Running Head: DEHYDRATION IN HUMAN FACTORS
Dehydration in Human Factors
Dehydration is an insidious disorder that plays a potentially deadly role in aviation and other aviation related specialties. We’ll take a look at the body’s composition of water, and the physiology of water loss and intake. We’ll also cover the different classifications of dehydration and there signs and symptoms. The dangers of dehydration in the role of aviation. As well as what you can do to detect and prevent dehydration.
The Role of Dehydration In Human Factors
Dehydration is defined as “Excessive loss of water from the body or from an organ or bodily part.”(The American Heritage Dictionary, Sec Ed) Water is the most abundant resource in the human body, and accounts for about two thirds of total body weight. This means a 150 lb man has roughly 10 gallons of water distributed throughout his body. (Merck Manual, Home Ed.) It’s seems hard to believe we’re carrying around that much water, let’s take a look at where we keep all that water. Take a look at the following picture to get an idea of the percent of body water through different stages in life.
Body Fluid Displacement
Water is divided into two categories inside the body; intracellular fluid (ICF) and extracellular fluid (ECF). Intracellular Fluid
This is the fluid located inside of body cells, accounting for roughly 70% of total body water. Extracellular Fluid
Accounting for the remaining 30% of body water, extracellular fluid is divided into two categories. Intravascular and interstitial fluid. Intravascular fluid; the fluid located in your circulatory system, or bloodstream. A typical adult male has on average 7 Liters of blood. Interstitial fluid is all remaining fluid not found in either the circulatory system or inside body cells, but located within the spaces between cells.
The water located in the bloodstream is certainly the most vital to body function, and the body is constantly trying to maintain homeostasis (balance). In order to do this the body has several compensatory mechanisms to deal with both excess fluid and fluid loss. Fluid Loss
The four primary routes of fluid loss are; urine through the kidneys, perspiration though the skin, water vapor through the lungs and gastrointestinal losses through vomiting, diarrhea and regular feces. There are other situations of fluid loss/and rehydration in trauma and burns, but that isn’t the focus of this paper and won’t be covered. The primary way to deal with fluid loss is through gastrointestinal absorption by simply drinking water or a sports drink such a Gatorade. However, when you don’t have an ice cold glass of water near by, the body must resort to its natural compensatory mechanisms. Generally speaking, when the body senses it’s low on water the sensation of thirst develops, the brain signals the pituitary gland (located at the base of the brain) to excrete ADH (antidiuretic hormone). This stimulates the kidneys to stop excreting urine and retain water. Water then begins to move from the 2 larger reservoirs of water, intracellular and extracellular fluid into the bloodstream through a process called osmosis. This along with vasoconstriction allows the body to maintain a blood pressure to adequately perfuse bodily tissues, the most important being the brain. Take a look at the following picture illustration the release of ADH from the pituitary gland.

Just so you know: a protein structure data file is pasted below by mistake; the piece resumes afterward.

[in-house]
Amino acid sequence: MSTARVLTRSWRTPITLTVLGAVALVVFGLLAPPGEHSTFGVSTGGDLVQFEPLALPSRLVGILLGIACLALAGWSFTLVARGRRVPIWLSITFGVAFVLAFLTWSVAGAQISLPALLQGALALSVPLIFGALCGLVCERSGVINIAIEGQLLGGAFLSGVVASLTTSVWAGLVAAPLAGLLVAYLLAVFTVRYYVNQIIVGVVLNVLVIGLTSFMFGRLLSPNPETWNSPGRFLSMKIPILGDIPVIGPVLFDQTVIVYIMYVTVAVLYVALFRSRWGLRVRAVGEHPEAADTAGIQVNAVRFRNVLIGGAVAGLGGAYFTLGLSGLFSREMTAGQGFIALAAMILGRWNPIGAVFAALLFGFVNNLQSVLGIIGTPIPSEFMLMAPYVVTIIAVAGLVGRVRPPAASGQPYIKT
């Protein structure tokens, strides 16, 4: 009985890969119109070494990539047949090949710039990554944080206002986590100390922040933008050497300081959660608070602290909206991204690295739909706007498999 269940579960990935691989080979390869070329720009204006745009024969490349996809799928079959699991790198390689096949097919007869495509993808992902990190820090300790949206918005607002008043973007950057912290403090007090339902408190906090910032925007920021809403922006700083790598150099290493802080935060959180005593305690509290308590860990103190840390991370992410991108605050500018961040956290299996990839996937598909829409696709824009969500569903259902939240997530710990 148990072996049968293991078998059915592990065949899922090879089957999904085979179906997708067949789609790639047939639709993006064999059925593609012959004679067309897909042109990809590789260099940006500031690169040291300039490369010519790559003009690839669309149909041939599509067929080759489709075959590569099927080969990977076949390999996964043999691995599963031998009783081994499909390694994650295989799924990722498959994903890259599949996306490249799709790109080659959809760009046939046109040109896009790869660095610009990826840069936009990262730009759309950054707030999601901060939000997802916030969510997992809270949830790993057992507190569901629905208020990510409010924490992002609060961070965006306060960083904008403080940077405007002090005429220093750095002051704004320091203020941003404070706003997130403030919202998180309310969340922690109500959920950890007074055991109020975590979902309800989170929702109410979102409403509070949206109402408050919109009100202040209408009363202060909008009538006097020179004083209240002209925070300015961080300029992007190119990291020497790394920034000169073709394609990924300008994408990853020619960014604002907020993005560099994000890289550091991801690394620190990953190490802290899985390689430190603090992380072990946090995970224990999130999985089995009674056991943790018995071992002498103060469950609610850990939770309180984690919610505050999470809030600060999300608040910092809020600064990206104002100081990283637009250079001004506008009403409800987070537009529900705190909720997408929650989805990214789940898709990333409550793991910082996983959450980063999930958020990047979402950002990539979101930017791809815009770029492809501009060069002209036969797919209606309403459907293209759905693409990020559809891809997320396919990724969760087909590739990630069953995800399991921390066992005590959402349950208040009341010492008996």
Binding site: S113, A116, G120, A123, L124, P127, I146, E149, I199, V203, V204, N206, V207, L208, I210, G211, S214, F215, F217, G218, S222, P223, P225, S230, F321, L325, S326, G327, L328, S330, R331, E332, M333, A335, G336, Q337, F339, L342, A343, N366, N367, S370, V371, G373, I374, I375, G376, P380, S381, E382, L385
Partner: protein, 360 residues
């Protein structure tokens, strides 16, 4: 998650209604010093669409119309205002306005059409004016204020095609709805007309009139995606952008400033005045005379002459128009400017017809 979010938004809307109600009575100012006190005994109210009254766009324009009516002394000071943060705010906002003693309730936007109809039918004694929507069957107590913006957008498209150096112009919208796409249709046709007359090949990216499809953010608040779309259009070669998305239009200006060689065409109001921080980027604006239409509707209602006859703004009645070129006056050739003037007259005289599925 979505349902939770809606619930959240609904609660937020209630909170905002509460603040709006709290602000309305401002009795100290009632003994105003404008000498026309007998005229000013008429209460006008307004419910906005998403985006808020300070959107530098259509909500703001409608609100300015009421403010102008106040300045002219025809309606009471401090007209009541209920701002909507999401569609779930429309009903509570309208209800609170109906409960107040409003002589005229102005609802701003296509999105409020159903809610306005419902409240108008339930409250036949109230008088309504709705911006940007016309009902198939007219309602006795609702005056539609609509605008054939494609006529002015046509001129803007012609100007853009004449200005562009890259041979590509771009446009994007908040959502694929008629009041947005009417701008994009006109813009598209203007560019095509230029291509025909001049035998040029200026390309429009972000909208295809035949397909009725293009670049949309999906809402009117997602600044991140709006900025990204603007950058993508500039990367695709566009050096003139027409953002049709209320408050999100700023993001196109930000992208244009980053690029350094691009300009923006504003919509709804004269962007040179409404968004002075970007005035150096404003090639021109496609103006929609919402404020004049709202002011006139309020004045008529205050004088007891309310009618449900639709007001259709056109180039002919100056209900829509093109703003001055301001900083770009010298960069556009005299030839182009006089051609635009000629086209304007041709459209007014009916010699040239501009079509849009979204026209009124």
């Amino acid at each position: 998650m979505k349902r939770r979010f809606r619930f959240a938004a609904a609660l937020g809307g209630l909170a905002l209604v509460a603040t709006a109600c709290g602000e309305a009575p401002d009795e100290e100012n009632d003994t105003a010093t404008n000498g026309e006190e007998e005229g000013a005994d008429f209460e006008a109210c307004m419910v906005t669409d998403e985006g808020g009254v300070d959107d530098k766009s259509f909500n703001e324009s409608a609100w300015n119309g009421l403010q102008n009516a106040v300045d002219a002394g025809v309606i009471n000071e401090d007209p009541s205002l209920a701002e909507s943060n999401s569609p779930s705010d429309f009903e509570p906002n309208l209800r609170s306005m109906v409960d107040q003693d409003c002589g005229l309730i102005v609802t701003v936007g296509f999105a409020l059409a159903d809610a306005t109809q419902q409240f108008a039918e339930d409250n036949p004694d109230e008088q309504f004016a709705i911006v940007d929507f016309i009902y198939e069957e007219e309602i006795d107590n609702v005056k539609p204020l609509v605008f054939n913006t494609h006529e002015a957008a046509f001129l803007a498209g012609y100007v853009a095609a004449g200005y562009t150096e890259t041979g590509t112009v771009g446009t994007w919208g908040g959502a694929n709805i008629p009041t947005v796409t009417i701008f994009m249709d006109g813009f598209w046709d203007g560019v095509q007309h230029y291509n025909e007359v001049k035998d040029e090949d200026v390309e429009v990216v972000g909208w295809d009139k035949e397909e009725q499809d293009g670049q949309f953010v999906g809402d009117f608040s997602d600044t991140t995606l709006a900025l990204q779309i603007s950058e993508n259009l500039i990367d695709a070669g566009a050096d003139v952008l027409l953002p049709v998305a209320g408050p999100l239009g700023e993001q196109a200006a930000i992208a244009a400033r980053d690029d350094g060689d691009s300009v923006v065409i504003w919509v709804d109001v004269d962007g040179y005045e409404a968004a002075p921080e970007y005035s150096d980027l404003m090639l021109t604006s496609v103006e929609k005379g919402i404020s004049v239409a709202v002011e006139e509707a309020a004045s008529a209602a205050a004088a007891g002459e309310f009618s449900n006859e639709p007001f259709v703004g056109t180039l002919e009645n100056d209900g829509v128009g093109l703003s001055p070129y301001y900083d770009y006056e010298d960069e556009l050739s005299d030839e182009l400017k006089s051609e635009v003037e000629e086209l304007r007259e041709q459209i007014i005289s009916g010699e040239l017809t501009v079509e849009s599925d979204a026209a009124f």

In the case of excess body fluid, the opposite happens. The brain signals the pituitary gland to inhibit ADH production causing the kidneys to excrete urine. An increase in salivation may be present; the body also shifts water between the water of different body compartments.
It is important to note that dehydration not only involves water loss, but loss of electrolytes....
References: Berklow, R., & Md. Beers, M.H (1997) The Merck Manual of Medical Information
Bledsoe, B., Porter, R., & Shade, B., (1996) Paramedic Emergency Care, 3rd Edition
Why is Dehydration so dangerous?
Fairechild, D., Dehydration and Dry Cabin Air.
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